Marijuana usage amongst pregnant women is on the rise as many mothers-to-be are using it to combat morning sickness. But the FDA is cautioning against it.
According to NRP, an alarming number of women are using cannabis-related products to combat morning sickness during pregnancy. The statistics recently prompted the Food and Drug Administration (FDA) to release a statement “strongly” advising women do not turn to marijuana while pregnant or breastfeeding, including products with only CBD.
The FDA warned that cannabis use can pose “serious risks” to fetal development. THC is the main psychoactive component in cannabis, but when it travels through the placenta, it can have a negative impact on the baby’s brain development. They noted that cannabis use is correlated to increased risk of premature birth. Evidence also suggests THC can be passed to infants through breast milk.
Studies have been mixed regarding the impact of cannabis on pregnancy. Some research suggests it can be safe, while others have linked it to an increase of risks, such as the ones the FDA emphasized.
"You can find results that say that marijuana does not have an impact on pregnancy outcomes, and you can find other studies that say that it does," Dr. Torri Metz, an associate professor of obstetrics and gynecology at the University of Utah, explained. Metz went on to explain that researchers are unsure of how much marijuana is safe during pregnancy, if any. "There's definitely no degree of use that anyone has been able to say it's safe,” she said.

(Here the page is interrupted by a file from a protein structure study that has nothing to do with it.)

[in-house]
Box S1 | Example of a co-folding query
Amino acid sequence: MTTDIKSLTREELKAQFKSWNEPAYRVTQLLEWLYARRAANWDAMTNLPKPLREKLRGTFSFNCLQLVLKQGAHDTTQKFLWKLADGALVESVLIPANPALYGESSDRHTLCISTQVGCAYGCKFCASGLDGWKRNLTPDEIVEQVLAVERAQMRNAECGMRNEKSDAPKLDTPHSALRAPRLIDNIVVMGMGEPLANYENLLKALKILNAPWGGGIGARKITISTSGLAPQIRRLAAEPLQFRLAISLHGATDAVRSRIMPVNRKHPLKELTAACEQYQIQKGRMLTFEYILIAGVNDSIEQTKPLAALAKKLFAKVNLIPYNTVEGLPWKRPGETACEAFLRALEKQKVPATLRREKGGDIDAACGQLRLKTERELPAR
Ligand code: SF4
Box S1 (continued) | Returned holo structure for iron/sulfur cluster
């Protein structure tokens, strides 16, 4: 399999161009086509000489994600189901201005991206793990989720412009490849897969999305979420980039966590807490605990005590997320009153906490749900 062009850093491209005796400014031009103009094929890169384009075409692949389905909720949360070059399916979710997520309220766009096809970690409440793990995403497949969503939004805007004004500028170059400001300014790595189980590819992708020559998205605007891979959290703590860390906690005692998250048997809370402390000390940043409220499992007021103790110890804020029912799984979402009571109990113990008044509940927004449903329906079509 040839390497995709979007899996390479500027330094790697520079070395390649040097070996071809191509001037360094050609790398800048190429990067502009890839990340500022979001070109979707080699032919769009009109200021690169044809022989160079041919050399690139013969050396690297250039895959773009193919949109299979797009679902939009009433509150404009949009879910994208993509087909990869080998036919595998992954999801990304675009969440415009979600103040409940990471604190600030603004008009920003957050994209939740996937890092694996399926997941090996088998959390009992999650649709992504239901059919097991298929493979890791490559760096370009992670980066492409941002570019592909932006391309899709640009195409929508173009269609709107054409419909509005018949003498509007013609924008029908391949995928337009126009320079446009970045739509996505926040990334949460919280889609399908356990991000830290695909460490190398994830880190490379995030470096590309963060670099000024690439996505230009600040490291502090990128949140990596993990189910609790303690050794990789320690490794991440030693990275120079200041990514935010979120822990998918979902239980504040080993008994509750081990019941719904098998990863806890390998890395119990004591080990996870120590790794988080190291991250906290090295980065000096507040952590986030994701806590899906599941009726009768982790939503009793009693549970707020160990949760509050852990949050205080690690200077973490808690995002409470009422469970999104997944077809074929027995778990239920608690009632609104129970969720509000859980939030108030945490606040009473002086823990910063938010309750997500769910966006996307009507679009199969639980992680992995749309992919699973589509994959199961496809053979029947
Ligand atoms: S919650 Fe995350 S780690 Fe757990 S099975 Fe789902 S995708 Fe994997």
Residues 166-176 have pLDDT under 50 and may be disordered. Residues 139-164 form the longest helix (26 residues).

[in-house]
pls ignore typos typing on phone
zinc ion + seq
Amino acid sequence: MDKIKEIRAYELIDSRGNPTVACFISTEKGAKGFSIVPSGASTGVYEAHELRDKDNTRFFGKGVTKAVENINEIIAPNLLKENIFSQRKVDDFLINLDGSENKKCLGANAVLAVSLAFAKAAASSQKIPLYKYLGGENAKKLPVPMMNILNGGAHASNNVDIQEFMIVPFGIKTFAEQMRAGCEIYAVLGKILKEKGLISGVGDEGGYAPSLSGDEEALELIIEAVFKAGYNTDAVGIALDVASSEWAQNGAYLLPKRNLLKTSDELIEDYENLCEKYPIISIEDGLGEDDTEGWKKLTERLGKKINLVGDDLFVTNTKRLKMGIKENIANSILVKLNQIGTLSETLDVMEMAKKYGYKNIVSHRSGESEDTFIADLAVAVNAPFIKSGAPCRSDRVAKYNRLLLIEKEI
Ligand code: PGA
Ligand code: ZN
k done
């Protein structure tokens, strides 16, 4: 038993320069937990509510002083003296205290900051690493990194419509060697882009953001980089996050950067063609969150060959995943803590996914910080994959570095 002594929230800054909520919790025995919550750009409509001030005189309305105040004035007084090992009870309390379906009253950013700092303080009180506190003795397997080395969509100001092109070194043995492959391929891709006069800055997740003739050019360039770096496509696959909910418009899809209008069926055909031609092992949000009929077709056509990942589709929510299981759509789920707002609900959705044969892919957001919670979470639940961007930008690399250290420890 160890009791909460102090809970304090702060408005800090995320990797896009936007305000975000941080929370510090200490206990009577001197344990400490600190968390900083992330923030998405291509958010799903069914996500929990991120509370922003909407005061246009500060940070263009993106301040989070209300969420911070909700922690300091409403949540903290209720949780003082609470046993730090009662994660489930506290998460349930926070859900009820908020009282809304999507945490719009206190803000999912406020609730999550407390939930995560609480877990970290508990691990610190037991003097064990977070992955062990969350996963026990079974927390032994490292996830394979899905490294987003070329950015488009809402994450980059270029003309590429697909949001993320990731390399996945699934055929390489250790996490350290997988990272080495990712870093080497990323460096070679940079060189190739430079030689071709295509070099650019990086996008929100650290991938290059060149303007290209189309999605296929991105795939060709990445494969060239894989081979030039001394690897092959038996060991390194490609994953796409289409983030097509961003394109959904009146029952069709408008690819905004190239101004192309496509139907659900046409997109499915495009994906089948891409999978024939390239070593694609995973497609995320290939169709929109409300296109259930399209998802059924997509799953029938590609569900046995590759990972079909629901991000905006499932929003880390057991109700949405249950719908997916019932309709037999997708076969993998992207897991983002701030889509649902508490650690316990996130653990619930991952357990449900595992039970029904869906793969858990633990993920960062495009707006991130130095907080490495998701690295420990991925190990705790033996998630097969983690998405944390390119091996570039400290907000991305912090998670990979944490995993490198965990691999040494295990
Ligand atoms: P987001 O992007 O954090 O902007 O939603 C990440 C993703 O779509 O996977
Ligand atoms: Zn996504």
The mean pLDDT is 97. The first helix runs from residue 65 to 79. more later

At the end of the day, Metz says it remains the decision of the expectant mother over how much cannabis she ingests during pregnancy. However, she warns it’s important that this is an informed decision. "Ultimately it's always a woman's choice what she's going to do with her body and during her pregnancy," she explained. "But I do think that we need to at least be providing counseling so they can make an informed decision."
Despite the widespread concern over cannabis use during pregnancy, many expectant mothers to turn to it. For instance, Jennifer, who declined to give her last name, told NPR that her morning sickness was debilitating. "I had really intense food aversion and really intense nausea. I wasn't eating at all,” the mom, who now has a 5-month old daughter explained. When she started losing weight rather than gaining it, she decided to try something new- weed.
Her husband bought her an iced tea with CBD and THC, the two main components in marijuana. Jennifer explained the drink allowed her to have her first full meal in weeks, so she continued to sip on the drink for the next few weeks to combat the morning sickness. Aside from this, she said she’d never really used cannabis. "I've never really been a marijuana user," she explained. "I don't have anything against it, but I just don't care for it myself."
When Jennifer learned of the possible consequences of her cannabis usage, she was discouraged at the little amount of information she could find. "I was frustrated that I couldn't really find any information," she said. "I ultimately came to the conclusion that lack of nutrition is far worse than the little bit of marijuana that I'm consuming.”
What do you think about consuming cannabis during pregnancy, BabyGaga readers? Let us know your thoughts in the comments!